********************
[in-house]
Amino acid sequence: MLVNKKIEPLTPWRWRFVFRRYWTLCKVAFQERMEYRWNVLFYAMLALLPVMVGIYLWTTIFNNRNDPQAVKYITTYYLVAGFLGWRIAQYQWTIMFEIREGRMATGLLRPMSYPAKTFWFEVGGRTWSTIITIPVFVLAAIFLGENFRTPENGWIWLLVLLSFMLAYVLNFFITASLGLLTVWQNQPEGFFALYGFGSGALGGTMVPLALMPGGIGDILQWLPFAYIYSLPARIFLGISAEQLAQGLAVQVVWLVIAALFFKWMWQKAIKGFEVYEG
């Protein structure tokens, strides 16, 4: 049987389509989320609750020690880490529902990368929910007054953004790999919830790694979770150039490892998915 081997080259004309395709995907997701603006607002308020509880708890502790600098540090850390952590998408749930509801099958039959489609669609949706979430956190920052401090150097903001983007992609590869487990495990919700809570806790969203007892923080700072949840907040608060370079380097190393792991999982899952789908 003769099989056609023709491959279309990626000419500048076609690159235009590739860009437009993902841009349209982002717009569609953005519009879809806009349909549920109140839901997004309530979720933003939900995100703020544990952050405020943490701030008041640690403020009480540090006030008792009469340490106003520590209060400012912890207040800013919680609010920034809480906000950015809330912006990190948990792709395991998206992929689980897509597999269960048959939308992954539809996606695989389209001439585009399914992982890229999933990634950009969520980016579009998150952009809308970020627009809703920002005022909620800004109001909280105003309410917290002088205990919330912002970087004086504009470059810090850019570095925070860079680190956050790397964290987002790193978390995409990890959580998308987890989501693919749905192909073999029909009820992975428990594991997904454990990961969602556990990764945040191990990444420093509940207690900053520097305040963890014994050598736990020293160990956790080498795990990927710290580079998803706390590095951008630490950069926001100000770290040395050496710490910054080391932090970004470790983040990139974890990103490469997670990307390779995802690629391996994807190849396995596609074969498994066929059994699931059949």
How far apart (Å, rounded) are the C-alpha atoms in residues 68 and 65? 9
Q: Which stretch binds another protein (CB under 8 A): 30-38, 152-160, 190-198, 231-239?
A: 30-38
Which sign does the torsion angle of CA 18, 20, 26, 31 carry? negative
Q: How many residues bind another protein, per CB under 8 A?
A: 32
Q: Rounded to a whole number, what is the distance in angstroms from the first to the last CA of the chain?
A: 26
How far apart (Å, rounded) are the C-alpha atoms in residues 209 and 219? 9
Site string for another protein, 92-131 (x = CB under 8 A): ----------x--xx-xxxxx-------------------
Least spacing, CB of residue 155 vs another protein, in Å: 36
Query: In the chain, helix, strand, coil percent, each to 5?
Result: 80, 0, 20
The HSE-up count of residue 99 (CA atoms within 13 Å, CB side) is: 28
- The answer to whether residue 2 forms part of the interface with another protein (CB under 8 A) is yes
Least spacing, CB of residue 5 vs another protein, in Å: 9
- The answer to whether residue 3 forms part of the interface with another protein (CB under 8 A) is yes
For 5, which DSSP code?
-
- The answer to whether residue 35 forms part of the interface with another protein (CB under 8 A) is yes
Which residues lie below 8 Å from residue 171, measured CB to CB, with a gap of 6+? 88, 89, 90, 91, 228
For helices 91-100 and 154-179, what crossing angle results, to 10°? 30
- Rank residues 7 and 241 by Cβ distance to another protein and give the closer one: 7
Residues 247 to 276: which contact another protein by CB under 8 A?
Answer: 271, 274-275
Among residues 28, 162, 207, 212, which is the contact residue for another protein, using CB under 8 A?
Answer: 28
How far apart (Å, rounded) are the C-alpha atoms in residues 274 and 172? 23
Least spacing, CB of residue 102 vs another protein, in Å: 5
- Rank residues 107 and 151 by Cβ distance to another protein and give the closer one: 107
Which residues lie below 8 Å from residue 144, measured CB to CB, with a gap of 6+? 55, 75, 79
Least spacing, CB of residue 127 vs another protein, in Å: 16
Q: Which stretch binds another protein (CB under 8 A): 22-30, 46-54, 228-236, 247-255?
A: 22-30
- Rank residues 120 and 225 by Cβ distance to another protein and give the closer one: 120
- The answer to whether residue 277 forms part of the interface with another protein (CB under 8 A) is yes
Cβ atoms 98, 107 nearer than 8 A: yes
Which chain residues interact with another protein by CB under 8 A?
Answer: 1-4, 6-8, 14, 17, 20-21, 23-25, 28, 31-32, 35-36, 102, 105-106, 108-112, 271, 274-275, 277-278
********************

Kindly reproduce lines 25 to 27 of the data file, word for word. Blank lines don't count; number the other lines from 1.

For helices 91-100 and 154-179, what crossing angle results, to 10°? 30
- Rank residues 7 and 241 by Cβ distance to another protein and give the closer one: 7
Residues 247 to 276: which contact another protein by CB under 8 A?